Don Bailey, PhD, MEd, is currently the Fellow Program Chair and Distinguished Fellow in early childhood development at RTI International. Dr. Bailey is internationally known for his research on young children with disabilities, specializing in children with fragile X syndrome. He brings to the newborn screening world an extensive research background with over 20 years of experience in topics related to early education, early intervention, disability, and family support.
Dr. Bailey graduated from Davidson College with a Bachelor’s Degree in Psychology and went on to University of North Carolina at Chapel Hill obtaining his Masters in Early Childhood Special Education. Having a keen interest in Education, he then went on to pursue a PhD in Early Childhood Special Education from the University of Washington.
Prior to joining RTI, Dr. Bailey was the Director of the Frank Porter Graham Child Development Institute and a W.R. Kenan, Jr. Distinguished Professor of Education at the University of North Carolina at Chapel Hill. Over the years Dr. Bailey’s work has centered around research regarding children with fragile X syndrome. Currently, he is planning a multi-state study that screens a large number of newborns for fragile X syndrome. The study will serve as a prototype for addressing the public concerns of families as more genetic disorders are identified that may not have known medical cures.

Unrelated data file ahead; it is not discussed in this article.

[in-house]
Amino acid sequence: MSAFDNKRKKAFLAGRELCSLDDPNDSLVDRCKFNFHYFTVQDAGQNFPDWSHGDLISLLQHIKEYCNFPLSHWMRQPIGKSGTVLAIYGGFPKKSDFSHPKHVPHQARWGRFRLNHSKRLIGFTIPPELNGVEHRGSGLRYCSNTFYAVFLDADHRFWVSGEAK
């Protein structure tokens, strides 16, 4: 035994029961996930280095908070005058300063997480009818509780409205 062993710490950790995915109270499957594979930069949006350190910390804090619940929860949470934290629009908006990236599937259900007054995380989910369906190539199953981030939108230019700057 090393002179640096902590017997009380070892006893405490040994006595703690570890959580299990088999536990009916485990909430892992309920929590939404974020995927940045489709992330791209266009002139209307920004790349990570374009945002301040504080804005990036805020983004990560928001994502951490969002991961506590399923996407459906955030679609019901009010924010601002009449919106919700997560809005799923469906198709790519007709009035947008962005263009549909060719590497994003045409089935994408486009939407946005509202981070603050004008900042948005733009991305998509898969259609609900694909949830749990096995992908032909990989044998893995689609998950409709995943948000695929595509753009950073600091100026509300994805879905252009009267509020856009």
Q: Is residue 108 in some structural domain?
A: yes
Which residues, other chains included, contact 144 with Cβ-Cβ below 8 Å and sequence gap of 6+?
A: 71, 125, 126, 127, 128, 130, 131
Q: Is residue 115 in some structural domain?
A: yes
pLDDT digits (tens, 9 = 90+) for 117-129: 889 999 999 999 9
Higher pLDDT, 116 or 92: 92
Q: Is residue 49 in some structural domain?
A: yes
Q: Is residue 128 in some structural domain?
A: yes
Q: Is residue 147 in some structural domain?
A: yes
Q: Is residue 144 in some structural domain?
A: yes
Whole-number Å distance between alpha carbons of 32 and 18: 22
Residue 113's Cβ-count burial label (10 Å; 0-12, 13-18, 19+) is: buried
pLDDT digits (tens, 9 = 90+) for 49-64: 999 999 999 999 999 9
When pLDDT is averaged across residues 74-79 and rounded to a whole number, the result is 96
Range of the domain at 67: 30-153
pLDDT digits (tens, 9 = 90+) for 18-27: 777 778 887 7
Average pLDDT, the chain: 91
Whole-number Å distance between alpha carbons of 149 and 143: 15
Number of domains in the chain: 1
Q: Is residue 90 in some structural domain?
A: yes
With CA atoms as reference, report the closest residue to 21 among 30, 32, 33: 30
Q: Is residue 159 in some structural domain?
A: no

Dr. Bailey has published more than 200 peer-reviewed articles on a wide variety of topics related to early education and intervention. Currently, he is working with RTI in establishing a partnership with the University of North Carolina at Chapel Hill to help implement a Clinical and Health Translational Science Award from the National Institutes of Health and serves on the DHHS’s Secretary’s Advisory Committee on Heritable Disorders in Newborns and Children.
The NBSTRN is pleased to honor Dr. Bailey as the Newborn Screening Spotlight Researcher of the month and we look forward to his future contributions to the newborn screening research community!